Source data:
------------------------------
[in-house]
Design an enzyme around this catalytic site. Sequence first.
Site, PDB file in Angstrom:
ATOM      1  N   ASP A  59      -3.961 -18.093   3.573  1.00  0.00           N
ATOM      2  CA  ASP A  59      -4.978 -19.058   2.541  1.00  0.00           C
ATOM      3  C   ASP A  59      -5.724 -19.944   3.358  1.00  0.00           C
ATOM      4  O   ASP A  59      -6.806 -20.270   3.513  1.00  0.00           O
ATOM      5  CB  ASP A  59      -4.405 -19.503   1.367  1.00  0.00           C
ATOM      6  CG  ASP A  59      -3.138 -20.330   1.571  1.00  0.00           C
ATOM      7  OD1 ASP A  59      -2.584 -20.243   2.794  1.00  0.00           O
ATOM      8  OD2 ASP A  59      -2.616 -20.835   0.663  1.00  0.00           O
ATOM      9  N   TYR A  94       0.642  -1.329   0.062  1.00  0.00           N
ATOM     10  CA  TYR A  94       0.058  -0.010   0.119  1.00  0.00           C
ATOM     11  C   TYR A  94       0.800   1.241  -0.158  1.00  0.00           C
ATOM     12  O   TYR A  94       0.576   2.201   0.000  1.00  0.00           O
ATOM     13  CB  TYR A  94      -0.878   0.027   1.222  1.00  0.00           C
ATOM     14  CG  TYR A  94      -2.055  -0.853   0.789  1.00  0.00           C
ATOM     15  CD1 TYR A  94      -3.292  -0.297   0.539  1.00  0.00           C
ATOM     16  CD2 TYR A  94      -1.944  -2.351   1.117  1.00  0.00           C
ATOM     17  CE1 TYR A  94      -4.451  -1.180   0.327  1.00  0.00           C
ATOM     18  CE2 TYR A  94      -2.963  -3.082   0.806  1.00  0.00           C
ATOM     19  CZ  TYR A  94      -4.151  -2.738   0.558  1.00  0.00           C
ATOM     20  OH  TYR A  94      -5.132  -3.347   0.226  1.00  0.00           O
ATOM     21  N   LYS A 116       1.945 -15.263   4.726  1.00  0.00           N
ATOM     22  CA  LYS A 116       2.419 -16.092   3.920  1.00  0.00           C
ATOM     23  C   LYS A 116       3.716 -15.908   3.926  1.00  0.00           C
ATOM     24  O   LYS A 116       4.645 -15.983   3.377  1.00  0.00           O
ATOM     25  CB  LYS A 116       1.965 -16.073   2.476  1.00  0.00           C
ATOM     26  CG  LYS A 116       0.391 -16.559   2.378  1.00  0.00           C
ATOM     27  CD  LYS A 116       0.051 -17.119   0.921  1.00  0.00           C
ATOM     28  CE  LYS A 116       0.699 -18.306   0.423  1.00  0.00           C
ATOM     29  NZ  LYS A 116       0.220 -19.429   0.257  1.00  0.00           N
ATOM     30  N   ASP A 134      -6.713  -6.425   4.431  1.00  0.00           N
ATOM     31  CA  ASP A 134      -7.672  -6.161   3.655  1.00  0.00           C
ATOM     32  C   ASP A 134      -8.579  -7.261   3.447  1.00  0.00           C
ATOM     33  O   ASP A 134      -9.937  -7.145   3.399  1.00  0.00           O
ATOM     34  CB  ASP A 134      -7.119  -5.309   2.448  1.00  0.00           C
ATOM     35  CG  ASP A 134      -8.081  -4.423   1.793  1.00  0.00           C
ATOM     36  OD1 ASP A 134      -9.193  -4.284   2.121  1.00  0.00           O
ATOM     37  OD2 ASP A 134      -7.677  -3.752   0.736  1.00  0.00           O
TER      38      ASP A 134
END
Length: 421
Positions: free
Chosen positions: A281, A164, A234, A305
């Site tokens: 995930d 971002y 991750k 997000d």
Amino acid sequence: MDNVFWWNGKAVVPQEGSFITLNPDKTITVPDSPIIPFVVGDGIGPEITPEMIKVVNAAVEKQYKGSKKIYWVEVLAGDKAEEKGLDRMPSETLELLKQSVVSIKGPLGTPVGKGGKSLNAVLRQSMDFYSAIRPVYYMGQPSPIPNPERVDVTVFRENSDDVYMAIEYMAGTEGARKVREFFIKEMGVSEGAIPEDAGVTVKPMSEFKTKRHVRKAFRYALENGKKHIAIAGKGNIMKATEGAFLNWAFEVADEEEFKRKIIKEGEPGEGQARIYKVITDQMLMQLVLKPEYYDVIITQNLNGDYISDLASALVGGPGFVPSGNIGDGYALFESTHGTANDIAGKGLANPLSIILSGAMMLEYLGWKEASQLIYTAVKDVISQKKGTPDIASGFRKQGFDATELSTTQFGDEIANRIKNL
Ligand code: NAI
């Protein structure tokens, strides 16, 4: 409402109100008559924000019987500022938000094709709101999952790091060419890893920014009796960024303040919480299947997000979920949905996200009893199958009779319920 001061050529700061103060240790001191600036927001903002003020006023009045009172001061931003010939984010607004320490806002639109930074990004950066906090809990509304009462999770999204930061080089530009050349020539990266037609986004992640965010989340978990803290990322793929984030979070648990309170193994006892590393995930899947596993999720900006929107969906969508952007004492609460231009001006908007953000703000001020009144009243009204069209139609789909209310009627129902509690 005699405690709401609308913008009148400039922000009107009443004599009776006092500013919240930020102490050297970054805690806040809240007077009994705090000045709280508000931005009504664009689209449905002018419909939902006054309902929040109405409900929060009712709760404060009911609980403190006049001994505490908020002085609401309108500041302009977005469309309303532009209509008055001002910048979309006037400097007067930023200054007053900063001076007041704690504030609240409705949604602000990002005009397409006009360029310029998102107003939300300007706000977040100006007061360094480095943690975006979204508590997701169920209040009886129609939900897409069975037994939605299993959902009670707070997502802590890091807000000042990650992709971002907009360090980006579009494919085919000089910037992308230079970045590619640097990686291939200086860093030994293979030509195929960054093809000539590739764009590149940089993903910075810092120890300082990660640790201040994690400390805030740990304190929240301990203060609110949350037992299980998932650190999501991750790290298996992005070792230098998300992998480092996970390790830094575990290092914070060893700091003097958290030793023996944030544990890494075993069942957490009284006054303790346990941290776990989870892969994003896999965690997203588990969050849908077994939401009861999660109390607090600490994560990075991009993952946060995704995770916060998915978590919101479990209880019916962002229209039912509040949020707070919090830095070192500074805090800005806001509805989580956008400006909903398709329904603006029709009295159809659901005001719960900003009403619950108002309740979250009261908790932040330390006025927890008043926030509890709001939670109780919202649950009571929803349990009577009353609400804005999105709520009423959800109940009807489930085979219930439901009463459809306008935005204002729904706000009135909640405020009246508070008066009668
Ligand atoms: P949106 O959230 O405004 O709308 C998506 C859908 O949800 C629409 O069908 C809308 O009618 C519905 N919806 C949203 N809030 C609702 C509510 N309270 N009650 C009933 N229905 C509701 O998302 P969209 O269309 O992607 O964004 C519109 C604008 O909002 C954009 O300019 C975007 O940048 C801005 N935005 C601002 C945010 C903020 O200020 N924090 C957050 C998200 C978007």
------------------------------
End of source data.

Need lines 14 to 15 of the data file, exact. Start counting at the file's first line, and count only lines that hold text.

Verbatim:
ATOM     11  C   TYR A  94       0.800   1.241  -0.158  1.00  0.00           C
ATOM     12  O   TYR A  94       0.576   2.201   0.000  1.00  0.00           O